# COMP-761 Quantum information theory Assignment5 Optional Due

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```					                     COMP-761: Quantum information theory
Assignment 5: Optional
Due: Tuesday, 21 April 2009

NOTE: If you intend to submit this assignment, let me know by the last day of classes at the latest.
Otherwise, I will submit your grade without including this assignment.

1. Some useful POVM measurements. Let |ϕ and |ψ be states in C2 such that ϕ|ψ = α. Choose
states |ϕ⊥ , |ψ ⊥ ∈ C2 such that ϕ|ϕ⊥ = ψ|ψ ⊥ = 0. For λ ∈ R, consider the triple of operators
E1 = λ|ϕ⊥ ϕ⊥ |,    E2 = λ|ψ ⊥ ψ ⊥ |,   E 3 = I − E1 − E2 .                   (1)
a) For which values of λ does {E1 , E2 , E3 } form a POVM?
b) Consider the POVM with the largest such λ. If this POVM is applied to an unknown state
which is either |ϕ or |ψ , outcome E1 implies the state must have been |ψ while outcome E2
implies the state must have been |ϕ . Explain why this does not provide a counterexample
to the theorem on the impossibility of perfectly distinguishing nonorthogonal states proved
in class.
c) Suppose you are given a quantum state chosen from a set {|ϕ1 , |ϕ2 , . . . , |ϕm } of linearly
independent states. Construct a POVM {E1 , E2 , . . . , Em+1 } such that if outcome Ej occurs
for 1 ≤ j ≤ m, then you can conclude with certainty that you were given state |ϕj . Your
POVM must be such that ϕj |Ej |ϕj > 0 for 1 ≤ j ≤ m.

2. Optimality of teleportation. You will show that any protocol for teleporting a d-dimensional state
must make use of at least 2 log d bits of classical communication. Deﬁne a teleportation protocol
for sending the quantum system A to consist of a bipartite entangled state |ψ CB , a measurement
{Fk ; 1 ≤ k ≤ M } on AC and a set of decoding operations (quantum channels) Dk on B. Alice
will perform the measurement on AC and send the outcome k to Bob classically, who will then
perform the decoding operation Dk . The protocol is exact if, for all pure input states |ϕ on A,
whenever the input state on A is |ϕ , the outcome state on B is also |ϕ .
a) Show that an exact teleportation protocol can be exploited to send a classical message drawn
from the set {1, 2, . . . , (dim A)2 } without errors by consuming entanglement and log M bits
of classical communication.
b) Show that M ≥ d2 must hold. Hint: Assume that M < d2 is possible and invoke the con-
struction of part (a). Then, instead of having Alice send Bob k, let him guess it, which he can
do correctly with probability at least 1/M > 1/d2 . Show that this leads to a contradiction in
the form of the ability to send classical messages with high reliability and no communication.

3. Mutual information and measurement channels. Let {Mj } be a POVM and consider the channel
N A→B (ρ) = j Tr(ρMj )|j j|. This is the channel that measures the POVM and records the out-
come. Suppose that |ϕ AA is a puriﬁcation of ρ and set σ = (N ⊗ idA )(ϕ). Recall that the quantity
I(A ; B)σ played an important role in evaluating the entanglement-assisted capacity of N .

1
You will show that for this particular channel, I(A ; B)σ has an interesting form. You may
assume that ρ is invertible for the remainder of the question.

a) Let pj = Tr ρ1/2 Mj ρ1/2 and ρj = p−1 ρ1/2 Mj ρ1/2 . (Set ρj = 0 if pj = 0, however.) Show that
j
{(pj , ρj )} is an ensemble of density operators. That is, j pj = 1 and for all j, pj ≥ 0 and ρj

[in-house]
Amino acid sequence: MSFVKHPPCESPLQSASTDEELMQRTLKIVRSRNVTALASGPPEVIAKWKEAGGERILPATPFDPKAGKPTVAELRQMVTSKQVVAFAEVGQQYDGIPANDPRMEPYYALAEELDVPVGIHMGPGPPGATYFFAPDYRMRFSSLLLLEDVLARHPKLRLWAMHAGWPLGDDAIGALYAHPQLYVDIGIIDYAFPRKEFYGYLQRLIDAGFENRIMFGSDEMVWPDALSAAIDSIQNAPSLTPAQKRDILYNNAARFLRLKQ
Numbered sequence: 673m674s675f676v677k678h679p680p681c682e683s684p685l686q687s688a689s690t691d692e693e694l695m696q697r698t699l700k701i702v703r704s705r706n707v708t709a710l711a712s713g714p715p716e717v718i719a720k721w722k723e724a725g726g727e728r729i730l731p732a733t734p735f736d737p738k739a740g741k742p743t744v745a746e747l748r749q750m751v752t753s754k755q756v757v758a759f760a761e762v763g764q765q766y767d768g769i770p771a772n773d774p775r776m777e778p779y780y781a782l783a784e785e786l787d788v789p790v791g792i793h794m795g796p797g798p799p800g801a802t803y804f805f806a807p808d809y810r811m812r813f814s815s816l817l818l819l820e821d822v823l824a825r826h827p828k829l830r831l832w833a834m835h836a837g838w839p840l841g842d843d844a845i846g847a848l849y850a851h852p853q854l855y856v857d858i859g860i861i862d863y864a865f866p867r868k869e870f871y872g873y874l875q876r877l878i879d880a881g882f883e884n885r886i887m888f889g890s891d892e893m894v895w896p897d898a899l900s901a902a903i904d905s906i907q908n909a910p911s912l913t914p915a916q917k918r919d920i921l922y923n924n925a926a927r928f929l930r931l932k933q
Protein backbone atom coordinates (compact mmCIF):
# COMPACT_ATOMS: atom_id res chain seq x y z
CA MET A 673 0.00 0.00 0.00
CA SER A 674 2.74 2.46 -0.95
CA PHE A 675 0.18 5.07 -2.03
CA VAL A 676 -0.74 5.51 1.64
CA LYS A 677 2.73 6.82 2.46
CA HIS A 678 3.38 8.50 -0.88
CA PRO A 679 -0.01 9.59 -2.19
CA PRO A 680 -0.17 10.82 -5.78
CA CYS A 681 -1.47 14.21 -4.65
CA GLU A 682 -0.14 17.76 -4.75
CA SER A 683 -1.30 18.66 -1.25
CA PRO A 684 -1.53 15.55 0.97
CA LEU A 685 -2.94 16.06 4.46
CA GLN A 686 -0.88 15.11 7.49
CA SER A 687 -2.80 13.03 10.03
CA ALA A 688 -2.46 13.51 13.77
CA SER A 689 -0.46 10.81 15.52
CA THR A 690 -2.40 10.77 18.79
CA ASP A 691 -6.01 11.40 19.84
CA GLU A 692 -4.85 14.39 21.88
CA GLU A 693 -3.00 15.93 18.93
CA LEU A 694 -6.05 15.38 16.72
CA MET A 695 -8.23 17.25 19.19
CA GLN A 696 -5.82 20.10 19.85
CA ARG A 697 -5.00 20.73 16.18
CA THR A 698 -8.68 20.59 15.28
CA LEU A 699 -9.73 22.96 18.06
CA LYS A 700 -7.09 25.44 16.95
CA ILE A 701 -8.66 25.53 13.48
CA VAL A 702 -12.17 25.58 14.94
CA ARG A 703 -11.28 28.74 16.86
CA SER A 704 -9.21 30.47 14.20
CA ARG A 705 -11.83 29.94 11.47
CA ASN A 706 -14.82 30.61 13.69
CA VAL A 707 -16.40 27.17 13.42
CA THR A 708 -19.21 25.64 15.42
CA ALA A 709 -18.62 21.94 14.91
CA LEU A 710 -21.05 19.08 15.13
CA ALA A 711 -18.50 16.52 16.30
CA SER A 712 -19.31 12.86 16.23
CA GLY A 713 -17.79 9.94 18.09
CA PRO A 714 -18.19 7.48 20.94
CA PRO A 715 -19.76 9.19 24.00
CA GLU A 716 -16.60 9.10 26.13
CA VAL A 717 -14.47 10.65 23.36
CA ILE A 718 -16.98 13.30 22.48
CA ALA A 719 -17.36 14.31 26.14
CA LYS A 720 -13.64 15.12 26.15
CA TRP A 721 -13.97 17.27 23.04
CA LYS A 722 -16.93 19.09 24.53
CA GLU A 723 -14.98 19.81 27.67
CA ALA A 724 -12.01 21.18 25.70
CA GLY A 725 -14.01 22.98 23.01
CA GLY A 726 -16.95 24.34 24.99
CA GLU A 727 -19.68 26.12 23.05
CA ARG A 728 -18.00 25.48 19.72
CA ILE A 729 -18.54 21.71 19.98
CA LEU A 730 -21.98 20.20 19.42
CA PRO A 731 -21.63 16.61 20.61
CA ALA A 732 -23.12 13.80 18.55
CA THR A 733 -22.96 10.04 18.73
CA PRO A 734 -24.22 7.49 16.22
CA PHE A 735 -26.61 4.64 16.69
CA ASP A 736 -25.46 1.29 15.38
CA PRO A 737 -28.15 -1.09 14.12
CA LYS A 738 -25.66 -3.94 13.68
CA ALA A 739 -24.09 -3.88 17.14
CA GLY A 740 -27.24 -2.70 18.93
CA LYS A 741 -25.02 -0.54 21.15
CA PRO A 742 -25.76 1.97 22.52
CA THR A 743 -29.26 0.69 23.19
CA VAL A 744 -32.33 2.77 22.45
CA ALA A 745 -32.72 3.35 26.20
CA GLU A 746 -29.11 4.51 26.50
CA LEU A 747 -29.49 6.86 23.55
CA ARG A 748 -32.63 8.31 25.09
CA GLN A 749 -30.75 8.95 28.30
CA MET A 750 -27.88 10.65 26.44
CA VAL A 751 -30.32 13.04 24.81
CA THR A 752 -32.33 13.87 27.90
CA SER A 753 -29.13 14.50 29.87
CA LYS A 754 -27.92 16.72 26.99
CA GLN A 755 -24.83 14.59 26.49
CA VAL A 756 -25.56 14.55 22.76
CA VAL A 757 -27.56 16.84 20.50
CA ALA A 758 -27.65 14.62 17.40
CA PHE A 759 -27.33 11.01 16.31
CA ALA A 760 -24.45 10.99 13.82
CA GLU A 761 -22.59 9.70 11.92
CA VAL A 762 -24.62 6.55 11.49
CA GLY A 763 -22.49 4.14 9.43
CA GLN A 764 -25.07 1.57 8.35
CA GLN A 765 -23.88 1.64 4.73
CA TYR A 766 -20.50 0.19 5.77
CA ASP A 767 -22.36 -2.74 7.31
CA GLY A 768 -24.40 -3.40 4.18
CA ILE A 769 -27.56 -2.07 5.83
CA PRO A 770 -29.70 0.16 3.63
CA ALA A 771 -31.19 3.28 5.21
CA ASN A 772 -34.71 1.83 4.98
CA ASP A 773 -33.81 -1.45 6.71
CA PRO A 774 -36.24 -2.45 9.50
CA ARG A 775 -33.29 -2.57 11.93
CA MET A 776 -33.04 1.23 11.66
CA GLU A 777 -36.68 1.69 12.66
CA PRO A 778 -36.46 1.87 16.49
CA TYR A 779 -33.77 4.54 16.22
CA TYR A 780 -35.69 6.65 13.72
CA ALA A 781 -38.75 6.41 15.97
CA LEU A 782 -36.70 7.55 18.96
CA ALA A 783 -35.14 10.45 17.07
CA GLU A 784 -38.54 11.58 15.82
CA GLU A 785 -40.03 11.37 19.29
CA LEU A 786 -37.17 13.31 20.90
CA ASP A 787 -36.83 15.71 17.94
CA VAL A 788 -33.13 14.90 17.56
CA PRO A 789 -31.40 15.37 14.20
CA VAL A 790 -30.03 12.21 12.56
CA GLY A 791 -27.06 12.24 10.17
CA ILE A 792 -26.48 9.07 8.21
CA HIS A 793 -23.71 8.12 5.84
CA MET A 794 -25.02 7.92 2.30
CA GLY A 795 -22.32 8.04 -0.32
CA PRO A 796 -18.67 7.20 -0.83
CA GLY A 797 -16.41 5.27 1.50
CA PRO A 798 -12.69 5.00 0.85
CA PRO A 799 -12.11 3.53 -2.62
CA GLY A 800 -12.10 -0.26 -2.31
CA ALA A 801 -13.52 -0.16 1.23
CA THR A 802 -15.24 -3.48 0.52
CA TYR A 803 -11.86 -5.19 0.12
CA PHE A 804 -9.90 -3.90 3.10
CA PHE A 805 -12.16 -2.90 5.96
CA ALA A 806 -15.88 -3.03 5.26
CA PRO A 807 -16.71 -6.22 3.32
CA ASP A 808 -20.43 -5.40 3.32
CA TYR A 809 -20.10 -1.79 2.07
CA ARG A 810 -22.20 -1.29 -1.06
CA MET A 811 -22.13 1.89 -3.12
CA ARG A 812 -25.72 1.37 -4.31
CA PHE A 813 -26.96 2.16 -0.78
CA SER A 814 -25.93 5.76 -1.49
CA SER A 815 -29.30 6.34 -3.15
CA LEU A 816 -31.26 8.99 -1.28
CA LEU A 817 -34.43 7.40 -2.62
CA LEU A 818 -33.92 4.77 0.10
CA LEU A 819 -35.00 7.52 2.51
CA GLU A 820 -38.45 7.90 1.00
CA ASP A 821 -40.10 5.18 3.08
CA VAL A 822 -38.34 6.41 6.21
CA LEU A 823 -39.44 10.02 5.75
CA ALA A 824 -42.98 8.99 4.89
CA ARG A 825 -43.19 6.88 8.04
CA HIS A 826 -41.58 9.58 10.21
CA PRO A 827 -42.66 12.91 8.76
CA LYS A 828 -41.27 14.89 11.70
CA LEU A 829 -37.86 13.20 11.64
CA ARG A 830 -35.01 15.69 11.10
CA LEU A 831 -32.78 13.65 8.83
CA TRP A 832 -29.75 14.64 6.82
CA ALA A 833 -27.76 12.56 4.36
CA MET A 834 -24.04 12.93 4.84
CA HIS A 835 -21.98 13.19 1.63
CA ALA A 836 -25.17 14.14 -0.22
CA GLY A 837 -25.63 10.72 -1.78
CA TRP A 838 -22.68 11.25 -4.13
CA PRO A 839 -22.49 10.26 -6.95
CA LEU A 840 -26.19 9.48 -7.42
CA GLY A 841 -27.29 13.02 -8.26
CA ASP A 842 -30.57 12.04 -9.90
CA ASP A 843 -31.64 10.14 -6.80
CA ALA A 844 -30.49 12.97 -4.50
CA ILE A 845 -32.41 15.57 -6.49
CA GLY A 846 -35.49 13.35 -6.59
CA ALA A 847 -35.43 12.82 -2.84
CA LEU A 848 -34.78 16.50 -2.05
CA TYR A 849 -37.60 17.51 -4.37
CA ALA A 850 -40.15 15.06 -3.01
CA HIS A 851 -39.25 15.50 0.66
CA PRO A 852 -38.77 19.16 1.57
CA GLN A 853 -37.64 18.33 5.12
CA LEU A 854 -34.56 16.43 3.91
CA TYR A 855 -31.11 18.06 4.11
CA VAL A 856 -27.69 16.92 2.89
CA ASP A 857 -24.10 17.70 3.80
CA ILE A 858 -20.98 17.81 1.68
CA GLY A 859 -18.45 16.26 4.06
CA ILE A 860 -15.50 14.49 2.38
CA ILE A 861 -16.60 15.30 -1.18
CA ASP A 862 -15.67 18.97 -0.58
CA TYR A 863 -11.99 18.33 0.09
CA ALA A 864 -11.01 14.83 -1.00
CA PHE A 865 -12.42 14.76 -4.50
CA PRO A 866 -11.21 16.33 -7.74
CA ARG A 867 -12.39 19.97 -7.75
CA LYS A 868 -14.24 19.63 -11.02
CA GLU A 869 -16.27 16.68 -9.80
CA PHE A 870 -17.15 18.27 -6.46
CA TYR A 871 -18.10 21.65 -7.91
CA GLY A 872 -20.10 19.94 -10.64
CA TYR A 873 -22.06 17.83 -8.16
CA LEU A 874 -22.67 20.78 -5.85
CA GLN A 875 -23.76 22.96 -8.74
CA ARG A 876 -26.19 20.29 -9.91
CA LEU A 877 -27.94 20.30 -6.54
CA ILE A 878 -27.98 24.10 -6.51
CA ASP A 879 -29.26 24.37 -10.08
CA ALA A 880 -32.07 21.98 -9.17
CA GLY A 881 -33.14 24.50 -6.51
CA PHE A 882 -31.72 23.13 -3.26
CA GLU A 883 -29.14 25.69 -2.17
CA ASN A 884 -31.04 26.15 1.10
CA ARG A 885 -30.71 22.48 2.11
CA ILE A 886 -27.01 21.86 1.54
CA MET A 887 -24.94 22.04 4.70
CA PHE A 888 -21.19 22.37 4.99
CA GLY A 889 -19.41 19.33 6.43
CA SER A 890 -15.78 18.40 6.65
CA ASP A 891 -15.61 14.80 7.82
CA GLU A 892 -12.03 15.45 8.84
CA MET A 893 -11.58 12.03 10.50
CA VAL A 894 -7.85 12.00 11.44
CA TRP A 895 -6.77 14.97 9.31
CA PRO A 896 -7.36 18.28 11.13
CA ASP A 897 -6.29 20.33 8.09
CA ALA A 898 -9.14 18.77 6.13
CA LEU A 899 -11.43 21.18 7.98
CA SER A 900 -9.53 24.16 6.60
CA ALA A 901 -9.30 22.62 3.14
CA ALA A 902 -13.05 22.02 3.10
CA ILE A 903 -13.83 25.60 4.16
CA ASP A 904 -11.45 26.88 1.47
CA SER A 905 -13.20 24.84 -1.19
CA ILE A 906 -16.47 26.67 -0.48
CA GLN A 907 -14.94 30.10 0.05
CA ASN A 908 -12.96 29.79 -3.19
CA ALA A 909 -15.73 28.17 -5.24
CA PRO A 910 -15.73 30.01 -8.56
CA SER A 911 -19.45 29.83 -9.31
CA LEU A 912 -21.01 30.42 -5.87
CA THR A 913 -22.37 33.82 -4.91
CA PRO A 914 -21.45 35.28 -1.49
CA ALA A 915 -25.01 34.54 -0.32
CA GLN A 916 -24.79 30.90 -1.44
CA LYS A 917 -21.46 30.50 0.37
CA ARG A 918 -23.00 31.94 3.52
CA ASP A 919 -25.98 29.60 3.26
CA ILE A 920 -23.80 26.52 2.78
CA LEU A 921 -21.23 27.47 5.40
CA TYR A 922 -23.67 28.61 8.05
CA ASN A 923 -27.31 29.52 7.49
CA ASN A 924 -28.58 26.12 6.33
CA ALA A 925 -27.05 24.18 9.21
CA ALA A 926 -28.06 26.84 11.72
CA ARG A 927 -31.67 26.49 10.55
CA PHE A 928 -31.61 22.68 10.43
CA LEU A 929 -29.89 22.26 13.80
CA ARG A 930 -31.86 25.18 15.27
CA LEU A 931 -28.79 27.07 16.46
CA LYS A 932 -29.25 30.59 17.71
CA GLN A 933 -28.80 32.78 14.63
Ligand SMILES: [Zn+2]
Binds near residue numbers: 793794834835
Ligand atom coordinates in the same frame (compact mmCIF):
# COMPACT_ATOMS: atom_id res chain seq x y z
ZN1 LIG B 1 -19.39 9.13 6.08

is a density operator.

b) Show that I(A ; B)σ = H                j   p j ρj −   j   pj H(ρj ).

4. Classical state transfer. In this problem you’ll develop a classical analogue of the quantum state
transfer results we proved in class. Let > 0.
(n)
a) Recall that we used the notation A (X, Y ) for the set of sequences in X n × Y n that are
jointly -typical with respect to a joint probability density p(x, y). If y n ∈ Y n , let

A(n) (X|y n ) = {xn ∈ X n | (xn , y n ) ∈ A(n) }.
(n)
If y n ∈ A         (Y ), that is, if y n is -typical, show that

A(n) (X|y n ) ≤ 2n[H(X|Y )+2 ] .                     (2)

b) Let (X n , Y n ) be an i.i.d. sequence with (Xj , Yj ) ∼ p(x, y). Imagine that Alice holds X n ,
Bob holds Y n and Alice wishes to communicate X n to Bob. Obviously, she could compress
X n at the rate H(X), but that strategy wouldn’t exploit the fact that Bob already has some
partial information about X n through its correlations with Y n . Instead, they will employ a
strategy reminiscent of the approach used in our proof of Shannon’s noisy coding theorem.
To compress to a rate R, Alice will encode using a function E : X n → [2nR ] := {1, 2, . . . , 2nR }
chosen at random. More precisely, each E(xn ) is selected independently and uniformly at
random from [2nR ]. Both Alice and Bob are assumed to know the function E. When Bob
receives a transmission z, he checks to see whether there is a unique xn such that E(xn ) = z
and (xn , y n ) is jointly -typical. If yes, he concludes that Alice’s message was xn . Otherwise
he fails.
Consider the error event

E = {∃xn = X n | E(xn ) = E(X n ) and (xn , Y n ) ∈ A(n) (X, Y )}.

Show that the probability of E goes to zero as n goes to inﬁnity for any choice of R >
H(X|Y ) + 3 . Hint: You’ll want to use part (a).

c) By also considering any other types of errors that may occur, argue that the coding strategy
of the previous paragraph can be made to succeed at any rate R > H(X|Y ).

This gives a clear interpretation of the classical conditional entropy as nothing other than the
number of bits Alice needs to send Bob if we wants to learn X n when he already knows Y n .

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